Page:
The Fresh Loaf

News & Information for Amateur Bakers and Artisan Bread Enthusiasts

Low Hydration Sourdough using a mixer

_JC_'s picture
_JC_

Low Hydration Sourdough using a mixer

Making a tradition sourdough sometimes can be painful to our arms, So I made a video to show you how to make a Sourdough using a stand mixer. Link Below

https://youtu.be/nNatD832kPU

Thank you and enjoy!

 

 

Comments

Bread1965's picture
Bread1965

Well done JC! That's a great looking loaf and crumb.

Up until about two years ago I didn't use a mixer. Somehow I didn't feel I was being authentic to tradition. And then I followed a process that's almost identical to yours. And I was sold and realized I should have used a mixer sooner.

Looks great! Thanks for sharing!

_JC_'s picture
_JC_

Thank you! I found it easier using a little bit of technology, soon I will be feeling those pain more in my arms and I just started this sourdough journey just couple of months before covid starts, Journey is amazing none stop learning! I bet this is what I'll be doing on retirement.

DanAyo's picture
DanAyo

JC, your crumb is absolutely gorgeous in every way! Are you able to bake this type of lacy, open and uniform cell structure on a consistent basis?

If so, please elaborate. In your mind, what is the important steps to obtain this beauty?

I noticed that you have studies Kristen of Full Proof Baking, but she is not know to produce this type of crumb. I assume the machine kneading had a lot to do with the crumb.

By the way, counting your starter the hydration cones to a little over 70%.

Danny

_JC_'s picture
_JC_

Thank you for your kind words!!

I had studied methods of the following guys:

Bake with Jack
Richard Bertinet by book
Kristen
Paul Hollywoods 100 great breads
and the most is Trevor Jay Wilson which I like the most!

Your right making this kind of crumb has a lot to do with machine mixing and hydration. like making a yeasted bread, developing the gluten so quick on machine.

ah so started hydration has to be counted when saying the hydration? 

DanAyo's picture
DanAyo

How would you describe the dough at completion of the bulk ferment and also the Final Proof?

Are you able to consistently produce this type of crumb?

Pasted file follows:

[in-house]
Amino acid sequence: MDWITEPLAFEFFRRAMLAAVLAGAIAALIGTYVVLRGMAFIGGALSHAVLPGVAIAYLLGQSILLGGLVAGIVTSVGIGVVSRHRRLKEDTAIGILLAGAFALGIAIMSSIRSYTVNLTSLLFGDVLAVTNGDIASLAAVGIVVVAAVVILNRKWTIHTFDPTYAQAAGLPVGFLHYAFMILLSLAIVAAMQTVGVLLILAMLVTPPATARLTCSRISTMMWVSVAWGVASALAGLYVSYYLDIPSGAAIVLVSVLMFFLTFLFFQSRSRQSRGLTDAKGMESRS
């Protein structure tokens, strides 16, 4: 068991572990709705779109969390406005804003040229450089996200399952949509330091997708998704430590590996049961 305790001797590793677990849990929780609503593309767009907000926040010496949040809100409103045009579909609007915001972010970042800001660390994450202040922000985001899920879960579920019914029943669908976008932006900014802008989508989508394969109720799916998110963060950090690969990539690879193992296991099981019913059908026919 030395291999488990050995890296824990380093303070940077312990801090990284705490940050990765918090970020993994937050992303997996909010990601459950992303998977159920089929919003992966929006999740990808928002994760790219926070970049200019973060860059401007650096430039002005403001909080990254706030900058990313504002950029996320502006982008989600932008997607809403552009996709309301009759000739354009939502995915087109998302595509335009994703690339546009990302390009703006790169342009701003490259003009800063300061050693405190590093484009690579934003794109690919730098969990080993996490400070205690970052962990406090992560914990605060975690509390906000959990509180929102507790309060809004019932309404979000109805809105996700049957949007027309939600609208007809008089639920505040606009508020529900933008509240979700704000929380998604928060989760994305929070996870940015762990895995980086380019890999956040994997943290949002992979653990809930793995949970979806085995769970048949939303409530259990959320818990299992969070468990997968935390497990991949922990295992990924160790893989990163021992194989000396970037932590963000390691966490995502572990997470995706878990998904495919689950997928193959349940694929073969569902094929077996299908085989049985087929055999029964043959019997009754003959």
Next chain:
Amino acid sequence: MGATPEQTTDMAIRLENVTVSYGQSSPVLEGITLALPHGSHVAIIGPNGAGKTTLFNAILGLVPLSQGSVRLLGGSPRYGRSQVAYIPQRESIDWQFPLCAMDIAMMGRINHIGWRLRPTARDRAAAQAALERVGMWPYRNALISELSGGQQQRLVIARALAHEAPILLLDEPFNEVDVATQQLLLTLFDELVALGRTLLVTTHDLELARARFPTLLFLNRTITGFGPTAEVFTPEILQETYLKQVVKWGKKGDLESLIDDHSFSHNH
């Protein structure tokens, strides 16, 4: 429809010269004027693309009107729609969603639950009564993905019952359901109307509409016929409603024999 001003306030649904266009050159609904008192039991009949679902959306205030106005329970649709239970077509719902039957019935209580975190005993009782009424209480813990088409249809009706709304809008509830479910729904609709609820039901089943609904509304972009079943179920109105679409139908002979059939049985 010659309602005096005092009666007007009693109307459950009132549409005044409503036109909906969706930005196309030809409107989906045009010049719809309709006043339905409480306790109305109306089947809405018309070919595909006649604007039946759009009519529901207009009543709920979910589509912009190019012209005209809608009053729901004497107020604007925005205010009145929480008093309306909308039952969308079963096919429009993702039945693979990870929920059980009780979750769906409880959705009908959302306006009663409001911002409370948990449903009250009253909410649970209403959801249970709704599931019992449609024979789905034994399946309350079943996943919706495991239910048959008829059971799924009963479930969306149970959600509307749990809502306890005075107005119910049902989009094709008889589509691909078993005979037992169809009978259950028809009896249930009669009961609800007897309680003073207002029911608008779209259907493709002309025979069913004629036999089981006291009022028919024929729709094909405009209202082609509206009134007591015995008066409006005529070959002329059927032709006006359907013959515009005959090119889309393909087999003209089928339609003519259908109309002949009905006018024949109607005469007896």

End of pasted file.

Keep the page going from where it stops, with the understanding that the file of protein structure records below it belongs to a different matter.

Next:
_JC_'s picture
_JC_

Dough is almost 80% to its max bulk fermentation or before it even collapse, and proofing should take another 10% leaving 10% for the oven spring.

I see it like this:

80% - Bulk Fermentation
10% - Proofing
10% - Oven Spring

Total is 100% - Baked Bread

does it make sense?

I can make this kind of crumb when using a mixer but I am still practicing to have consistency but done it twice.

 

DanAyo's picture
DanAyo

I don’t think I understand you explanation.

Let’s use an example. Say the the dough at the beginning of bulk ferment is 1000ml. Are you saying the dough has increased to 1800ml?

How much should it rise in milliliters at the completion of BF?

How much should the dough rise at the completion of Final Proof? Or what signs do you look for to designate completion of Final Proof?

I suspect the dough is on the verge of over-fermenting to produce this type if crumb, but that is only a guess.

I appreciate your help.

_JC_'s picture
_JC_

yes exactly what you've said bulk fermenting to almost before it over ferment then proofing to its max and have just a little oven spring. You can see on the video how much oven spring it had. 

for me its like looking at the dough when its proofing and I know how far or how high the dough can be before it over proof.

the dough should rise like the example that you gave, 

I suggest that you sacrifice one loaf and see how far the dough will go on proofing, and just sort of see how much it goes past the banneton and that can be your guide onwards, as that is what I have been doing.

Have you seen the post below? I've done the same this by looking at how far the dough has risen from the banneton. 

Benito's picture
Benito

This is a gorgeous crumb.  In order get this crumb you have to push bulk but then the gluten needs to be fully developed very early on and not left to finish development during bulk otherwise some of the gases will be lost during bulk.  This is according to Trevor Wilson.

_JC_'s picture
_JC_

Thank you for that Benny! I should have explained that way as I really have develop the gluten for this one on initial knead about 20 minutes(Not using a mixer)

Benito's picture
Benito

You did a very fine job at this one too Carlo, my hats off to you!!

_JC_'s picture
_JC_

Thanks Benny really appreciate your kind words! Without social media and books I won't be able to do it. So thank you to All!